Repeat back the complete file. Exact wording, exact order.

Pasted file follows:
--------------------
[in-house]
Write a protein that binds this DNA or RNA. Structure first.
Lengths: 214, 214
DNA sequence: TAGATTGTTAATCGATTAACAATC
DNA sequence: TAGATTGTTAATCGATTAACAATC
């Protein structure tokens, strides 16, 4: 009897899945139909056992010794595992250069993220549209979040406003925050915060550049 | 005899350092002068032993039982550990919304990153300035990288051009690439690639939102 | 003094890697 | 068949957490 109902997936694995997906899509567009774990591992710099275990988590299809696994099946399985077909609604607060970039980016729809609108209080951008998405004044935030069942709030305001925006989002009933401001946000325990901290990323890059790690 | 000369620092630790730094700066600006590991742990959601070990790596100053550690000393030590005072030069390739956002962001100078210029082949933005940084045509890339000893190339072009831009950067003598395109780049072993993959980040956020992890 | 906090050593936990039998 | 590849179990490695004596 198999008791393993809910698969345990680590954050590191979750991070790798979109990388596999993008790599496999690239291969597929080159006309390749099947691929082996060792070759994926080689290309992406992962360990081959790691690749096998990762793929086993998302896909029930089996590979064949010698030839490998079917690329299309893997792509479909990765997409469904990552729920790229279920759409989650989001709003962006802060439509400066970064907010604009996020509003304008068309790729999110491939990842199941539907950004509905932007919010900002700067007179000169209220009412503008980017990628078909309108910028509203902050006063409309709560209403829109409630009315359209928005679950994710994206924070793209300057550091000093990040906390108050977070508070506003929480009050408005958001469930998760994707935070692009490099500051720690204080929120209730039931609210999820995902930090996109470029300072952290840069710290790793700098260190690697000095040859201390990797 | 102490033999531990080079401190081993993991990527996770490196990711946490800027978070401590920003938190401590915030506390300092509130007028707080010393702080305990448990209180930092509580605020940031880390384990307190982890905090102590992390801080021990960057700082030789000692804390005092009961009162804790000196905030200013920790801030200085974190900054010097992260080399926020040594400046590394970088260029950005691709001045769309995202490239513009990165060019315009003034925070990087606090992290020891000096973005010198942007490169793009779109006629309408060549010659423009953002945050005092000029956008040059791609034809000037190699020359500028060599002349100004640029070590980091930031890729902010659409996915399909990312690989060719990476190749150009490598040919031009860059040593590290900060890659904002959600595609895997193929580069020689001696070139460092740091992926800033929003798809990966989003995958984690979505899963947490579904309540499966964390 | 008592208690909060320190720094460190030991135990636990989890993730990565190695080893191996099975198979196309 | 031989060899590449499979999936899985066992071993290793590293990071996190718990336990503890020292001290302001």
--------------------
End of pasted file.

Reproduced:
[in-house]
Write a protein that binds this DNA or RNA. Structure first.
Lengths: 214, 214
DNA sequence: TAGATTGTTAATCGATTAACAATC
DNA sequence: TAGATTGTTAATCGATTAACAATC
């Protein structure tokens, strides 16, 4: 009897899945139909056992010794595992250069993220549209979040406003925050915060550049 | 005899350092002068032993039982550990919304990153300035990288051009690439690639939102 | 003094890697 | 068949957490 109902997936694995997906899509567009774990591992710099275990988590299809696994099946399985077909609604607060970039980016729809609108209080951008998405004044935030069942709030305001925006989002009933401001946000325990901290990323890059790690 | 000369620092630790730094700066600006590991742990959601070990790596100053550690000393030590005072030069390739956002962001100078210029082949933005940084045509890339000893190339072009831009950067003598395109780049072993993959980040956020992890 | 906090050593936990039998 | 590849179990490695004596 198999008791393993809910698969345990680590954050590191979750991070790798979109990388596999993008790599496999690239291969597929080159006309390749099947691929082996060792070759994926080689290309992406992962360990081959790691690749096998990762793929086993998302896909029930089996590979064949010698030839490998079917690329299309893997792509479909990765997409469904990552729920790229279920759409989650989001709003962006802060439509400066970064907010604009996020509003304008068309790729999110491939990842199941539907950004509905932007919010900002700067007179000169209220009412503008980017990628078909309108910028509203902050006063409309709560209403829109409630009315359209928005679950994710994206924070793209300057550091000093990040906390108050977070508070506003929480009050408005958001469930998760994707935070692009490099500051720690204080929120209730039931609210999820995902930090996109470029300072952290840069710290790793700098260190690697000095040859201390990797 | 102490033999531990080079401190081993993991990527996770490196990711946490800027978070401590920003938190401590915030506390300092509130007028707080010393702080305990448990209180930092509580605020940031880390384990307190982890905090102590992390801080021990960057700082030789000692804390005092009961009162804790000196905030200013920790801030200085974190900054010097992260080399926020040594400046590394970088260029950005691709001045769309995202490239513009990165060019315009003034925070990087606090992290020891000096973005010198942007490169793009779109006629309408060549010659423009953002945050005092000029956008040059791609034809000037190699020359500028060599002349100004640029070590980091930031890729902010659409996915399909990312690989060719990476190749150009490598040919031009860059040593590290900060890659904002959600595609895997193929580069020689001696070139460092740091992926800033929003798809990966989003995958984690979505899963947490579904309540499966964390 | 008592208690909060320190720094460190030991135990636990989890993730990565190695080893191996099975198979196309 | 031989060899590449499979999936899985066992071993290793590293990071996190718990336990503890020292001290302001």